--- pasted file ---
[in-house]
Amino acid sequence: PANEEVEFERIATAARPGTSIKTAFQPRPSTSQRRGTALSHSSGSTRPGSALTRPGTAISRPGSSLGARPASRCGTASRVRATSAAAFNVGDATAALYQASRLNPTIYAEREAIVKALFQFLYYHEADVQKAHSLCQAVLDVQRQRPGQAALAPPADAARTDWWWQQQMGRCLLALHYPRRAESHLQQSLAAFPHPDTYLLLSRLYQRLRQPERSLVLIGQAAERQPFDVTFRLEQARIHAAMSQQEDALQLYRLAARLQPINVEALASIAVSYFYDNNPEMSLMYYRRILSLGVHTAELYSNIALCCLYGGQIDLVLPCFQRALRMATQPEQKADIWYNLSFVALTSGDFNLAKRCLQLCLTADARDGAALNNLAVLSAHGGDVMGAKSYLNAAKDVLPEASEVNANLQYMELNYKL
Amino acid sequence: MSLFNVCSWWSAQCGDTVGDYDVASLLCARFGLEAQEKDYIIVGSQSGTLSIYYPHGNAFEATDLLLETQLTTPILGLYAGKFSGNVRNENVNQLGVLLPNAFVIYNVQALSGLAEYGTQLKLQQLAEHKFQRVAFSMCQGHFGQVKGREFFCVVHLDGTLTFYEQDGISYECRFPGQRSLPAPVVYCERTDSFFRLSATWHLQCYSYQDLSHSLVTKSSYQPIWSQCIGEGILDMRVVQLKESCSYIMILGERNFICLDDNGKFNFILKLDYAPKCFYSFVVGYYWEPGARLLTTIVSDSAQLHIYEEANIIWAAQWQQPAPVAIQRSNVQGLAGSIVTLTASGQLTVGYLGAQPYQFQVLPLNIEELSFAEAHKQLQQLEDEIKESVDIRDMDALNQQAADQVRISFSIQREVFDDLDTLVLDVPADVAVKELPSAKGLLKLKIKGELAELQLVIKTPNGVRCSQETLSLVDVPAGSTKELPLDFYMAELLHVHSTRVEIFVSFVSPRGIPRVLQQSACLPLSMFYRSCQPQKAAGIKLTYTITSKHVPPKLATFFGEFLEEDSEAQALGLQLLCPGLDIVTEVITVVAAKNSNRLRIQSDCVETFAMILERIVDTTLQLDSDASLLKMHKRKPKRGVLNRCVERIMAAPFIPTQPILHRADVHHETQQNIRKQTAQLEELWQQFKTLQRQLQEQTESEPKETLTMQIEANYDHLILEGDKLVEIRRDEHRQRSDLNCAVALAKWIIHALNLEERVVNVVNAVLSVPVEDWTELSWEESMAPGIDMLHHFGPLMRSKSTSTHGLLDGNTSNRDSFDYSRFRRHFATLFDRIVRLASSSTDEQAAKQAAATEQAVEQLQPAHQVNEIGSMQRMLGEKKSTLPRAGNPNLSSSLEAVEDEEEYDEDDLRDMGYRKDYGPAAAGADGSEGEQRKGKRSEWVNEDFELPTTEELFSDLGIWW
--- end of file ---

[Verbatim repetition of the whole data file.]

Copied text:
[in-house]
Amino acid sequence: PANEEVEFERIATAARPGTSIKTAFQPRPSTSQRRGTALSHSSGSTRPGSALTRPGTAISRPGSSLGARPASRCGTASRVRATSAAAFNVGDATAALYQASRLNPTIYAEREAIVKALFQFLYYHEADVQKAHSLCQAVLDVQRQRPGQAALAPPADAARTDWWWQQQMGRCLLALHYPRRAESHLQQSLAAFPHPDTYLLLSRLYQRLRQPERSLVLIGQAAERQPFDVTFRLEQARIHAAMSQQEDALQLYRLAARLQPINVEALASIAVSYFYDNNPEMSLMYYRRILSLGVHTAELYSNIALCCLYGGQIDLVLPCFQRALRMATQPEQKADIWYNLSFVALTSGDFNLAKRCLQLCLTADARDGAALNNLAVLSAHGGDVMGAKSYLNAAKDVLPEASEVNANLQYMELNYKL
Amino acid sequence: MSLFNVCSWWSAQCGDTVGDYDVASLLCARFGLEAQEKDYIIVGSQSGTLSIYYPHGNAFEATDLLLETQLTTPILGLYAGKFSGNVRNENVNQLGVLLPNAFVIYNVQALSGLAEYGTQLKLQQLAEHKFQRVAFSMCQGHFGQVKGREFFCVVHLDGTLTFYEQDGISYECRFPGQRSLPAPVVYCERTDSFFRLSATWHLQCYSYQDLSHSLVTKSSYQPIWSQCIGEGILDMRVVQLKESCSYIMILGERNFICLDDNGKFNFILKLDYAPKCFYSFVVGYYWEPGARLLTTIVSDSAQLHIYEEANIIWAAQWQQPAPVAIQRSNVQGLAGSIVTLTASGQLTVGYLGAQPYQFQVLPLNIEELSFAEAHKQLQQLEDEIKESVDIRDMDALNQQAADQVRISFSIQREVFDDLDTLVLDVPADVAVKELPSAKGLLKLKIKGELAELQLVIKTPNGVRCSQETLSLVDVPAGSTKELPLDFYMAELLHVHSTRVEIFVSFVSPRGIPRVLQQSACLPLSMFYRSCQPQKAAGIKLTYTITSKHVPPKLATFFGEFLEEDSEAQALGLQLLCPGLDIVTEVITVVAAKNSNRLRIQSDCVETFAMILERIVDTTLQLDSDASLLKMHKRKPKRGVLNRCVERIMAAPFIPTQPILHRADVHHETQQNIRKQTAQLEELWQQFKTLQRQLQEQTESEPKETLTMQIEANYDHLILEGDKLVEIRRDEHRQRSDLNCAVALAKWIIHALNLEERVVNVVNAVLSVPVEDWTELSWEESMAPGIDMLHHFGPLMRSKSTSTHGLLDGNTSNRDSFDYSRFRRHFATLFDRIVRLASSSTDEQAAKQAAATEQAVEQLQPAHQVNEIGSMQRMLGEKKSTLPRAGNPNLSSSLEAVEDEEEYDEDDLRDMGYRKDYGPAAAGADGSEGEQRKGKRSEWVNEDFELPTTEELFSDLGIWW